The Battle of Bound Brook - South Battlefield Site
South Main St. (near Queen's Bridge)
South Bound Brook, NJ 08880
Following the battles of Trenton and Princeton, a guerilla war raged on in New Jersey between militia troops supported by the Continental Army, and British and German forces. Some historians refer to this guerilla war as the Forage War. With the main body of the Continental Army in winter quarters at Morristown, many American operations were planned and conducted out of forward outposts such as Bound Brook. British commanders took notice of this, and in March 1777 Hessian Jäger officer Johann von Ewald developed a plan to launch an attack on the American outpost of Bound Brook. This outpost was commanded by Continental Army General Benjamin Lincoln. In the April 13, 1777 battle, the Continental Army was surprised by attacking British forces. American commander Benjamin Lincoln narrowly avoided capture, along with the bulk of his 500 man garrison. British forces under the command of General Charles Cornwallis proceeded to loot and destroy the garrison. British forces were able to capture cannons, ammunition and supplies from Bound Brook before returning to New Brunswick. American forces under General Nathanael Greene were immediately sent by George Washington to reoccupy Bound Brook. Greene sent troops to harass the British rear guard as they approached Raritan Landing. American casualty reports from the battle vary from 40-120. British casualties in the battle numbered no more than ten.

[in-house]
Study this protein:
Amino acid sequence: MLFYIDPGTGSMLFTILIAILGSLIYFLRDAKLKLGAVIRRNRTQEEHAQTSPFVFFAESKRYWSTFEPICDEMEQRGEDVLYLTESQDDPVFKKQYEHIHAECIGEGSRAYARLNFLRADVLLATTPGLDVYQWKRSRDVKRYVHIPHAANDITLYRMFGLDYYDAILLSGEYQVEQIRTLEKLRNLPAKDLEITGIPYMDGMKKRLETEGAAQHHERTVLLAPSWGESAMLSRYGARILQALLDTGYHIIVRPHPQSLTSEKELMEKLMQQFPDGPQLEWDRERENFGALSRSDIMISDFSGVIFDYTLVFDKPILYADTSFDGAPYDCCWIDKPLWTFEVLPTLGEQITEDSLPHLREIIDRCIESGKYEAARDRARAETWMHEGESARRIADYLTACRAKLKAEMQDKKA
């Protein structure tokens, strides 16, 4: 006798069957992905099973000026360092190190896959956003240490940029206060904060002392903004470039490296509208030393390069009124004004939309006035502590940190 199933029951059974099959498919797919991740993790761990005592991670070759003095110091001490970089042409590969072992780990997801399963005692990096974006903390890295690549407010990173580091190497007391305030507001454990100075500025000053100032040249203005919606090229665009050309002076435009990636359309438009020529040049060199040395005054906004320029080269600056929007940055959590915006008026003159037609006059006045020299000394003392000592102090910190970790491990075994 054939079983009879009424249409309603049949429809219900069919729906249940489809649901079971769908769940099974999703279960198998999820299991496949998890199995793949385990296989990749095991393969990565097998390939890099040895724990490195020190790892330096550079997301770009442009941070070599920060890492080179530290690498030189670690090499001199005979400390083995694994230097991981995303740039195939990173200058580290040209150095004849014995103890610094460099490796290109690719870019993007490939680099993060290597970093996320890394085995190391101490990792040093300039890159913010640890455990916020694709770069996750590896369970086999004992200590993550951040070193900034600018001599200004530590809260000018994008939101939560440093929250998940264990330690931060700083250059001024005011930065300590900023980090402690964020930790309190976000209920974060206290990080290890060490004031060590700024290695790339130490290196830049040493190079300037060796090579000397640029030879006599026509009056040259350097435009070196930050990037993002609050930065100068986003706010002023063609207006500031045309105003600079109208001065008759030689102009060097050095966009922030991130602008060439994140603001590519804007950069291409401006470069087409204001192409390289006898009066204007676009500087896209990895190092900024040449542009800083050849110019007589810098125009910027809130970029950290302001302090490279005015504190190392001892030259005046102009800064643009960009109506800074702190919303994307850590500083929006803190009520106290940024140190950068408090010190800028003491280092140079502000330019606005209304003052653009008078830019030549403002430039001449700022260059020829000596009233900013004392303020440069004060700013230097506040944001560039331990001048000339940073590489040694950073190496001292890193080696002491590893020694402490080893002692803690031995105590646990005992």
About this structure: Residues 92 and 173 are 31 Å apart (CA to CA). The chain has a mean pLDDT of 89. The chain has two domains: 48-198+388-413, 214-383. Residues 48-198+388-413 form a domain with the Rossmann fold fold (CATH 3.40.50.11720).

Near Queen's Bridge in South Bound Brook, NJ there is a sign with two interpretive plaques commemorating the April 13, 1777 Battle of Bound Brook. If you plan on visiting this site, be advised that the best place to park is the nearby municipal parking lot. There is very little to no room to park on the side of the road near the markers and bridge. The walk from the municipal parking lot to the markers and bridge will take no more than five minutes.
Below is a link to the New Jersey Skylands website where you can read more about the Battle of Bound Brook. I also included a few photos I took of the sign and commemorative plaques during my recent visit: